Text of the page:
This is what it says: When a person endeavors to develop faculties so that they might enjoy visions. . Africans consider dreams a method by which the ancestral spirits can communicate with the living. dreams. . and of no use whatever. therefore. The third type of dreams is clear and needs no interpretation. Second. This has been treated under Ancestral Reverence. or disordered stomach. 67 This definition is limited because. 70 It is possible. but the nature differs from one to the other. The Bahá’í Faith teaches further that there can be. the Bahá’í Faith teaches. Dreams and visions in ATR can be evoked after certain traditional practices. The second type. Those that are due to over-excited nerves. Dreams and visions are very important in the Bahá’í Faith. actually what they are doing is weakening certain of their spiritual capacities. especially one’s parents. .” 72 It often leads to truth. not all dreams should be taken seriously. Dreams and Visions Like many other peoples. It is considered to be “the most mysterious of the signs of God amongst men. There are instances in Africa were people have been instructed in dreams by some ancestor and taught the cure for certain ailments . ” 68 The Bahá’í Faith teaches that: There are three kinds of visions or dreams. and alcohol. and thus under such circumstances. must be discarded. teaches that the type due to over-excited nerves or disordered stomach are useless. share in the belief in dreams and visions. communion with some soul gone before into the invisible world. but that most of this type of experience which people often claim to have with departed souls is nothing but the product of their own imaginations—however real it may seem to them to be. second and first class mysticism. and these experiences need an interpreter. to receive communication with the soul of the departed even though this experience is rare. 71 To summarize. in principle. In this station everything is clear and pure and needs no explanation. in reality. The third type is clear and needs no explanation. and in making certain types of offerings in their names. . . It “comes to an individual through the grace of God. if they can be identified. . identifies three types of dreams. Therefore. under certain rare circumstances . But the Bahá’í Faith. and ultimately lead to the destruction of the character of the person. therefore. First. Those that are symbolic must be handled with caution because they need an infallible interpreter. dreams are also considered to be a method by which God communicates with the living. symbolic dreams. etc.Mysticism i n African Traditiona l Religion Other Offerings The offerings considered here are bits of food. or through the charities and important good works which are performed in its name. The same definition applies to visions. Dreams are usually taken seriously. It could be the wearing of a special talisman before going to bed. In the Bahá’í Faith. dreams and visions have no reality. if properly interpreted may lead one into the third. both terms are used synonymously. inasmuch as they lead one to truth and to seeking closer union with God. dreams and visions are not to be sought by any means unless they occur by themselves .66 Offerings are. unlike the ATR. both religions.. made in both religions. those that arise from over-excited nerves. The powers of this talisman then enable the wearer to receive whatever message is communicated or revealed to him. The Bahá’í Faith upholds the importance of remembering one’s forebears. . 69 In the Bahá’í Faith. The third kind is when a soul who is severed from the world receives a revelation from God. when God sends a revelation to a soul that is not entirely pure from the world: to such an one He sends visions in symbols and signs. 65 These are: the intercession and the sincere prayers of other human souls. 163 .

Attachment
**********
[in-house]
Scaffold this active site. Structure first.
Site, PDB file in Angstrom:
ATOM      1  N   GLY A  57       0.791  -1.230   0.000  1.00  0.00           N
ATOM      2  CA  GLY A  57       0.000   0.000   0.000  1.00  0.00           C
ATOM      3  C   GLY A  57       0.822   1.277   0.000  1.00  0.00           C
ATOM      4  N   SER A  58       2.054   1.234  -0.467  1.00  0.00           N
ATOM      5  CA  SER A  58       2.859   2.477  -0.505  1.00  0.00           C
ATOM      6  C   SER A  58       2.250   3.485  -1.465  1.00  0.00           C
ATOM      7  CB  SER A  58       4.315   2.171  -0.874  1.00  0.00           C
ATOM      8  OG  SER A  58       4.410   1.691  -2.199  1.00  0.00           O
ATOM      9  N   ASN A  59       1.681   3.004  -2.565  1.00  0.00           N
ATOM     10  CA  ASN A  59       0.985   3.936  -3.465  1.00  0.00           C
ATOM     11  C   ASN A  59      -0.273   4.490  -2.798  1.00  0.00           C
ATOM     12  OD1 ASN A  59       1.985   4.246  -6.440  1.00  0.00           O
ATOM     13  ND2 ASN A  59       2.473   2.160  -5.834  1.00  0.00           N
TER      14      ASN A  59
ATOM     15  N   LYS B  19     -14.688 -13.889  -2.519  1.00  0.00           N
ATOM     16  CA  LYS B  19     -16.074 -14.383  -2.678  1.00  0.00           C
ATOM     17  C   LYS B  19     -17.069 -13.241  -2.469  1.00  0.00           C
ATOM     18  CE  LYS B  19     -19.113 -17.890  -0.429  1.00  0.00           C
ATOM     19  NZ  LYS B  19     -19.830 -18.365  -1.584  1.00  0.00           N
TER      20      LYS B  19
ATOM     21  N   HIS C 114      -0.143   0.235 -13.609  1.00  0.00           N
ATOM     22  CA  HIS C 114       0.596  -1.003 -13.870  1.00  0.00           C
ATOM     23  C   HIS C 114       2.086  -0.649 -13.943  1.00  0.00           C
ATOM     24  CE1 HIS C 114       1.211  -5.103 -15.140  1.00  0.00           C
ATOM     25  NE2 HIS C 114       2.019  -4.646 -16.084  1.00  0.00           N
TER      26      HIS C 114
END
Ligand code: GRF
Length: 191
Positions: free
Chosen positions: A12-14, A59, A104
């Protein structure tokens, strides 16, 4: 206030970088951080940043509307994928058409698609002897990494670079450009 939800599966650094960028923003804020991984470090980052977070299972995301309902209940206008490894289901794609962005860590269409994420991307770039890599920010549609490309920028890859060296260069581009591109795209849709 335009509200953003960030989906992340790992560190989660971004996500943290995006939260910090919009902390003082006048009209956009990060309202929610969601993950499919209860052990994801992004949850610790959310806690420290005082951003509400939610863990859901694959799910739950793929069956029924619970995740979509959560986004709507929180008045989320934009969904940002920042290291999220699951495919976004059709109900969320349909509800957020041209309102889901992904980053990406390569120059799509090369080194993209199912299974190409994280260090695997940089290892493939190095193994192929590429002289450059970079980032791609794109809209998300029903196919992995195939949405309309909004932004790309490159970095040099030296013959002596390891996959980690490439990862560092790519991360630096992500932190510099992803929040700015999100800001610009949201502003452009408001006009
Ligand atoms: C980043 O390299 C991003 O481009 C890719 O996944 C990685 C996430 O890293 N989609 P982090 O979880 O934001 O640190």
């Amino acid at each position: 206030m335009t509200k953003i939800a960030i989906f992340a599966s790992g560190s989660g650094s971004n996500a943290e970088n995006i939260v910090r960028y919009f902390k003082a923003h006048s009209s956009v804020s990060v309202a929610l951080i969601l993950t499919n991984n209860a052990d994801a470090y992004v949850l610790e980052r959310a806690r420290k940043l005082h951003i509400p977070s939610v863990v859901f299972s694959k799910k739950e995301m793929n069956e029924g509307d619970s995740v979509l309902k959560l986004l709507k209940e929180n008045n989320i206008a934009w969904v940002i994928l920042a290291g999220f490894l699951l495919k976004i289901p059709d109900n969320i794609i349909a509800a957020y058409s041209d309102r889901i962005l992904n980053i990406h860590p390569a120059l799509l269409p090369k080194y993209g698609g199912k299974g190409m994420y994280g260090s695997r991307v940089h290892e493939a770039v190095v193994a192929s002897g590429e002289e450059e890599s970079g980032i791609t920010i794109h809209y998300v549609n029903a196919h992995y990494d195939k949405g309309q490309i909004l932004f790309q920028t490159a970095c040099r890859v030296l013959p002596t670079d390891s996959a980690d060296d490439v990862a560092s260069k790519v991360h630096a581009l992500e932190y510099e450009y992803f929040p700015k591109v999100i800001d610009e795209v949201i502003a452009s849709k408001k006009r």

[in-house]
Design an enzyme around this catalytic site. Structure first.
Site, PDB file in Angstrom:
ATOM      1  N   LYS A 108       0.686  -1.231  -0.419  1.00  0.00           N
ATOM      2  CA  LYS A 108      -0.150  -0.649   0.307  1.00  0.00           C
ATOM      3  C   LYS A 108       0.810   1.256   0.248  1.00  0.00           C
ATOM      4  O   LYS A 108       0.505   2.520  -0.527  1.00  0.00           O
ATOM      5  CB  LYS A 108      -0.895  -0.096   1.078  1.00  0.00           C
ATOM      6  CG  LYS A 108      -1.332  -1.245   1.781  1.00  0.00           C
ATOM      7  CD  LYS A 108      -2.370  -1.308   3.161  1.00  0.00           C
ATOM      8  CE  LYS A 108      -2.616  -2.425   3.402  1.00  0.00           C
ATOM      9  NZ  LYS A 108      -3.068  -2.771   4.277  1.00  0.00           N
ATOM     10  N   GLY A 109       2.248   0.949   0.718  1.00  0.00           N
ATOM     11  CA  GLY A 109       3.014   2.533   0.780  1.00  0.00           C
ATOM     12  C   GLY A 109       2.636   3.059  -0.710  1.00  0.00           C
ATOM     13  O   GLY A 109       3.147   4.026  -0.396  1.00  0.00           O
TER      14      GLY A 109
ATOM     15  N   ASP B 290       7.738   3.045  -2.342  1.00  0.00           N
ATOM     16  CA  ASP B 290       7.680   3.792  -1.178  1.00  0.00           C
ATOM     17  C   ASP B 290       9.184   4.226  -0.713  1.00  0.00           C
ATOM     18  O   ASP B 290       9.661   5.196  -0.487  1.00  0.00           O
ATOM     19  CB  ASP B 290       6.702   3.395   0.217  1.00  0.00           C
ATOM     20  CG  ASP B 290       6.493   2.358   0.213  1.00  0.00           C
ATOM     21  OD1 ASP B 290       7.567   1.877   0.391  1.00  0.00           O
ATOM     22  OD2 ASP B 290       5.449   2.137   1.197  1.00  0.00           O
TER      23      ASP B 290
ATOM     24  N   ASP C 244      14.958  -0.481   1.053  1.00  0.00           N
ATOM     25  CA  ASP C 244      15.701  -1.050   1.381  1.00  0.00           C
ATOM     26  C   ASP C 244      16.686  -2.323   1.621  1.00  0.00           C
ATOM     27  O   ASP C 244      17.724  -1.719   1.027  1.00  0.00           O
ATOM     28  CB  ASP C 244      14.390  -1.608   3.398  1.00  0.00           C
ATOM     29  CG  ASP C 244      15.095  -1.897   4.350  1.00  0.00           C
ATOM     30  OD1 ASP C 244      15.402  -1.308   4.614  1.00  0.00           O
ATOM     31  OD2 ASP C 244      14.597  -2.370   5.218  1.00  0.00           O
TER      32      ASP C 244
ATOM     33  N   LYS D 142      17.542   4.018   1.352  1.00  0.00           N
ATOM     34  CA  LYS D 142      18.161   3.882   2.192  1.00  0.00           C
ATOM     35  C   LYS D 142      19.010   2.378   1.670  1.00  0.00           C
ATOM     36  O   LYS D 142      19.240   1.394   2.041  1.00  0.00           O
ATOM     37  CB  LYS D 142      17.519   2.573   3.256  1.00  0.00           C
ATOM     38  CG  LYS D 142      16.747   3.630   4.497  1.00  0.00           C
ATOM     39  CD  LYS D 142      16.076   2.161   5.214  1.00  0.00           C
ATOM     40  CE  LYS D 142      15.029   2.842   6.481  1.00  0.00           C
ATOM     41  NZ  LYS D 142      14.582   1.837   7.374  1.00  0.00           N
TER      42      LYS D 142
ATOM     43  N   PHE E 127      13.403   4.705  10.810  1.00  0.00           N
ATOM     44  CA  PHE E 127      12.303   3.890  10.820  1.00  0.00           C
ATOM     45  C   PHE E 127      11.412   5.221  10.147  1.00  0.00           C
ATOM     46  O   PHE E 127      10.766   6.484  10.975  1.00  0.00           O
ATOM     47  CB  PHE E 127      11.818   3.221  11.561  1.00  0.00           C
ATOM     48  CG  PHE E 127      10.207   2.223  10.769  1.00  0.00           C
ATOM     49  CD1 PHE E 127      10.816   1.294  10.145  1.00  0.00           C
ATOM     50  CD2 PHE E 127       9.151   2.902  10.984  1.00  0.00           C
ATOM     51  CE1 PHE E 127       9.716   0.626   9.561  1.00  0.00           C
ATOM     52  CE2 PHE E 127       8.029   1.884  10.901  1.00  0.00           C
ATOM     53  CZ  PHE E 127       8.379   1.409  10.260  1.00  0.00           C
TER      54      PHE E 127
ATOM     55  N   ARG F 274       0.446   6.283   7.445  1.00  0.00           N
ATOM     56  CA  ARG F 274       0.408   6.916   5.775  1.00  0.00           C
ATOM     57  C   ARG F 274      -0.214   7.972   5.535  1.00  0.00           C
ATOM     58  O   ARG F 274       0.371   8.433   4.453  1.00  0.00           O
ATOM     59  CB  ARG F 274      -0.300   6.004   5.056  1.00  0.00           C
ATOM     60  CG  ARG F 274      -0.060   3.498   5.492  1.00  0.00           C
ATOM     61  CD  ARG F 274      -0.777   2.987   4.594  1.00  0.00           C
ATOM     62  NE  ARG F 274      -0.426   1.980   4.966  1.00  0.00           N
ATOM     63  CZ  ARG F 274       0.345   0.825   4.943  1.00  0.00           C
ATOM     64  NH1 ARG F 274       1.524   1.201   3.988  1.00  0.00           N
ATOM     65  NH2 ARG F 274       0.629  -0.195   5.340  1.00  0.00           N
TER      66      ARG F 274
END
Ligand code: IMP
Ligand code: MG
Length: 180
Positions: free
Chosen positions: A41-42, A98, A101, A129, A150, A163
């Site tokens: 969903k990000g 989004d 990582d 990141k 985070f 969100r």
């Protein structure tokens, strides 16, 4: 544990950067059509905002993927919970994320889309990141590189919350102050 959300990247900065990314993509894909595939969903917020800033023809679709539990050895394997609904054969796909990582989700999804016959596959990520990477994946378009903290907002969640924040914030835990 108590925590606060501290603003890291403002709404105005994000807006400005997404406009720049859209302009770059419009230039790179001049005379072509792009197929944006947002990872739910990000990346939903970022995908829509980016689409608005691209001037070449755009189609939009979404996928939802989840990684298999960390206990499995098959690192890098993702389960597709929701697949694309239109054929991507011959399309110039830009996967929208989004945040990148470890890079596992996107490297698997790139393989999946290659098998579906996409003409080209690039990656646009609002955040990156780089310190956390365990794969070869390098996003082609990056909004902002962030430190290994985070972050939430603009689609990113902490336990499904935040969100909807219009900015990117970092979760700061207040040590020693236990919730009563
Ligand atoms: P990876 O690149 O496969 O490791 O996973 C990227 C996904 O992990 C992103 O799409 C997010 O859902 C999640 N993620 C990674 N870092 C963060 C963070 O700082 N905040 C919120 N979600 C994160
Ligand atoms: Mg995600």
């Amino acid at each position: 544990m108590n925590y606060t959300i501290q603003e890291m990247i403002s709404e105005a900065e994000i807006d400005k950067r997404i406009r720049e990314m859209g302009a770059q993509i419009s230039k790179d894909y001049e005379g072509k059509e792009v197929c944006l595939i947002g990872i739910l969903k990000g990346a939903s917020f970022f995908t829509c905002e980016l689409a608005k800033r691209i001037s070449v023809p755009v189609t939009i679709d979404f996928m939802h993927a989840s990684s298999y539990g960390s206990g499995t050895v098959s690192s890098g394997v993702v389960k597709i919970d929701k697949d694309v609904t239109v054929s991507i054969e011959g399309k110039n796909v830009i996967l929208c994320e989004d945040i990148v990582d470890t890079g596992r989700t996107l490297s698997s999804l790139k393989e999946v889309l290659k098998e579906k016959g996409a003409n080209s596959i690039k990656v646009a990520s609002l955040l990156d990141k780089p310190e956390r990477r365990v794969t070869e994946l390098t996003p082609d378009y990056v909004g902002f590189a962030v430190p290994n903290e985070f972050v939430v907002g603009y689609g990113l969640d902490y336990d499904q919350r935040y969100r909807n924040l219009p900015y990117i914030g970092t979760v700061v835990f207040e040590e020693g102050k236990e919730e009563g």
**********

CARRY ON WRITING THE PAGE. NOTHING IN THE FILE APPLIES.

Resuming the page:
”81 More informative than these rather vague definitions is the popular observation that these phenomena are often practised with evil intent. the Bahá’í Faith states that: Extraordinary feats have also been related to some conjurors. “Magic can be defined as an attempt by man to tap and control . and that they have an inner significance. are worth noting.”77 Black magic “ is intended primarily to harm people and property. . it teaches that: Our purpose is not to deny such miracles. While nothing has been found in the Bahá’í Writings specifically on the set of beliefs and practices which make up voodoo. mystical forces which may be inborn in a person. ” White magic is “ primarily used for protec tion against the evil forces that are found everywhere. this concept is classed under class five mysticism. Class Six Mysticism or Orthodox Occultism Magic. no rites. These concepts are not specifically defined in the Bahá’í teachings. and about those attributed to conjurors. incantations or invocations that the witch has to perform. ”78 “ Sorcery is defined as the use of black magic and medicines against others. Witchcraft (or Wizardry) and Sorcery In African Traditional Religion. if a man has protection against knife cuts or bullets. Because dreams and visions also have the attribute of the second and the third class mysticism. . he would eventually die of some other cause. but the elements involved. For the first case. Some guidance is given below: [T]he term “voodoo” generally refers to a variety of practices often including sorcery. 76 Miracles are not performed with the objective of attaining union with God. On the other hand. the supposed summoning of spirits. ceremonies. “ Its distinctive feature is that there is no palpable apparatus connected with it. Even the virgin birth of Jesus Christ is no proof of His Manifestation. is that they fill some people with awe and bafflement at the omnipotence of God. If a blind man receives sight.82 164 . for this faculty of sight will at last disappear. and animal sacrifices. One effect of miracles. 73 For the second case. but for the purpose of solving mundane problems. our only meaning is that they do not constitute decisive proofs. elaborate rituals. But it fills one with awe and reminds one of the supremacy of God— “ God does what He will. . because it can be evoked—and. it makes it difficult to restrict it to class five mysticism. and no clear synonymy exists between witchcraft and psychic forces (see note 5). causing the blind man to see is comparatively of little importance. . except for white magic. for he will die and be deprived of all his senses and powers. Bahá’ís can readily use the authoritative texts of the Faith as a standard with which to assess the various elements of voodoo.” 80 It is distinct from sorcery. 74 It goes on to state that: The outward miracles have no importance for the people of reality. True. super natural powers or resources of the universe for his own benefit. this seems to be the more common practice in society—often for mundane or orthodox occult reasons having little or nothing to do with the sanctification of the soul. though. it is desirable. it is harmful to the soul of the individual. For thes e reasons they fall under class five mysticism. But in the situation of civil disorder and traditional warfare.Lights of ‘Irfán When either of the two true dream-types comes to an individual involuntarily. he will finally again become sightless. for example. Miracles or Supernatural Acts Miracles is a concept that runs through many other concepts in African Traditional Religion. ” 79 Witchcraft “is a manifestation of .75 This statement should not be taken too far out of the context. The Bahá’í Faith teaches about miracles attributed to the Manifestations of God as proof of Their role. Therefore. inherited or acquired in various ways. one can countenance this feat. if evoked by some rituals.